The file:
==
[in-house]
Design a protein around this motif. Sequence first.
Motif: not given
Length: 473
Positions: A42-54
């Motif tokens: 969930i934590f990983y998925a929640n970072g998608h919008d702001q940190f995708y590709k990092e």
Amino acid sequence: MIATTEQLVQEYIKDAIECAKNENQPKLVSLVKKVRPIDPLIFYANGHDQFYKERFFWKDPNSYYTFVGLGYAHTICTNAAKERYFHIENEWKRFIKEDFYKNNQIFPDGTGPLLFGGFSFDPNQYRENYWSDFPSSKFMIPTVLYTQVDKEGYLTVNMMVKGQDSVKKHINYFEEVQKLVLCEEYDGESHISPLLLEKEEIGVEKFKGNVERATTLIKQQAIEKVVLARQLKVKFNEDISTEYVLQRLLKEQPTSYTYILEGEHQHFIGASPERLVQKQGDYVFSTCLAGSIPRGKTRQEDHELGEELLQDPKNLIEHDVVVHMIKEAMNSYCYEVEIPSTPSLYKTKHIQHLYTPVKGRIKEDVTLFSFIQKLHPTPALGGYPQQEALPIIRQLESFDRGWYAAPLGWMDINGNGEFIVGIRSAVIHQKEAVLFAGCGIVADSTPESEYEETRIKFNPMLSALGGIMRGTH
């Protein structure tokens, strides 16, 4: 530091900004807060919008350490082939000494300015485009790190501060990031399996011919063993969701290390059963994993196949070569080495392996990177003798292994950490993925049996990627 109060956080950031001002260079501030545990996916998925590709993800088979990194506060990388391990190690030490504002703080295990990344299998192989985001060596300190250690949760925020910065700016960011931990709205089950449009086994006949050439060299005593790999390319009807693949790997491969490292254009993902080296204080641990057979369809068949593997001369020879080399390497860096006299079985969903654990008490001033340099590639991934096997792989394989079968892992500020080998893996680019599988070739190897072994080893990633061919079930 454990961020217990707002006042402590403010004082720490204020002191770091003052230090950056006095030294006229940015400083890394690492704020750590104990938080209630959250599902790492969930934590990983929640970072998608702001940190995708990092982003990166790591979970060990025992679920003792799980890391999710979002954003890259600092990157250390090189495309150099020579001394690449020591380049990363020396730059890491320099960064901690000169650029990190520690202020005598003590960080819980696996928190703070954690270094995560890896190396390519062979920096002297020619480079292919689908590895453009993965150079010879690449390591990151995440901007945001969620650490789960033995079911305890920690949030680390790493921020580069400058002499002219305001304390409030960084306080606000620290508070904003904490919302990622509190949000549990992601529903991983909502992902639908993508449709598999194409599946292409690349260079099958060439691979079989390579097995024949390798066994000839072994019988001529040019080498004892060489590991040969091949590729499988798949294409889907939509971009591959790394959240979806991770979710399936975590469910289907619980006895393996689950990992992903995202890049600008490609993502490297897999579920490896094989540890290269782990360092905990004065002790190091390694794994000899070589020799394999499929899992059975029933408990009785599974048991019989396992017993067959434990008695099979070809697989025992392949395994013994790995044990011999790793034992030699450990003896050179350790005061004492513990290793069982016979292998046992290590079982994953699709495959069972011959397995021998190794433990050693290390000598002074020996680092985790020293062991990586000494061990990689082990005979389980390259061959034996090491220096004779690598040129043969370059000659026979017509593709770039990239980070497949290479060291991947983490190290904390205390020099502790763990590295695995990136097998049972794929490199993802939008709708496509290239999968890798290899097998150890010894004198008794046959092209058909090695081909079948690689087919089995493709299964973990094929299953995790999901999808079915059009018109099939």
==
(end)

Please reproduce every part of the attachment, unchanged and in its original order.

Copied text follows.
[in-house]
Design a protein around this motif. Sequence first.
Motif: not given
Length: 473
Positions: A42-54
């Motif tokens: 969930i934590f990983y998925a929640n970072g998608h919008d702001q940190f995708y590709k990092e």
Amino acid sequence: MIATTEQLVQEYIKDAIECAKNENQPKLVSLVKKVRPIDPLIFYANGHDQFYKERFFWKDPNSYYTFVGLGYAHTICTNAAKERYFHIENEWKRFIKEDFYKNNQIFPDGTGPLLFGGFSFDPNQYRENYWSDFPSSKFMIPTVLYTQVDKEGYLTVNMMVKGQDSVKKHINYFEEVQKLVLCEEYDGESHISPLLLEKEEIGVEKFKGNVERATTLIKQQAIEKVVLARQLKVKFNEDISTEYVLQRLLKEQPTSYTYILEGEHQHFIGASPERLVQKQGDYVFSTCLAGSIPRGKTRQEDHELGEELLQDPKNLIEHDVVVHMIKEAMNSYCYEVEIPSTPSLYKTKHIQHLYTPVKGRIKEDVTLFSFIQKLHPTPALGGYPQQEALPIIRQLESFDRGWYAAPLGWMDINGNGEFIVGIRSAVIHQKEAVLFAGCGIVADSTPESEYEETRIKFNPMLSALGGIMRGTH
């Protein structure tokens, strides 16, 4: 530091900004807060919008350490082939000494300015485009790190501060990031399996011919063993969701290390059963994993196949070569080495392996990177003798292994950490993925049996990627 109060956080950031001002260079501030545990996916998925590709993800088979990194506060990388391990190690030490504002703080295990990344299998192989985001060596300190250690949760925020910065700016960011931990709205089950449009086994006949050439060299005593790999390319009807693949790997491969490292254009993902080296204080641990057979369809068949593997001369020879080399390497860096006299079985969903654990008490001033340099590639991934096997792989394989079968892992500020080998893996680019599988070739190897072994080893990633061919079930 454990961020217990707002006042402590403010004082720490204020002191770091003052230090950056006095030294006229940015400083890394690492704020750590104990938080209630959250599902790492969930934590990983929640970072998608702001940190995708990092982003990166790591979970060990025992679920003792799980890391999710979002954003890259600092990157250390090189495309150099020579001394690449020591380049990363020396730059890491320099960064901690000169650029990190520690202020005598003590960080819980696996928190703070954690270094995560890896190396390519062979920096002297020619480079292919689908590895453009993965150079010879690449390591990151995440901007945001969620650490789960033995079911305890920690949030680390790493921020580069400058002499002219305001304390409030960084306080606000620290508070904003904490919302990622509190949000549990992601529903991983909502992902639908993508449709598999194409599946292409690349260079099958060439691979079989390579097995024949390798066994000839072994019988001529040019080498004892060489590991040969091949590729499988798949294409889907939509971009591959790394959240979806991770979710399936975590469910289907619980006895393996689950990992992903995202890049600008490609993502490297897999579920490896094989540890290269782990360092905990004065002790190091390694794994000899070589020799394999499929899992059975029933408990009785599974048991019989396992017993067959434990008695099979070809697989025992392949395994013994790995044990011999790793034992030699450990003896050179350790005061004492513990290793069982016979292998046992290590079982994953699709495959069972011959397995021998190794433990050693290390000598002074020996680092985790020293062991990586000494061990990689082990005979389980390259061959034996090491220096004779690598040129043969370059000659026979017509593709770039990239980070497949290479060291991947983490190290904390205390020099502790763990590295695995990136097998049972794929490199993802939008709708496509290239999968890798290899097998150890010894004198008794046959092209058909090695081909079948690689087919089995493709299964973990094929299953995790999901999808079915059009018109099939």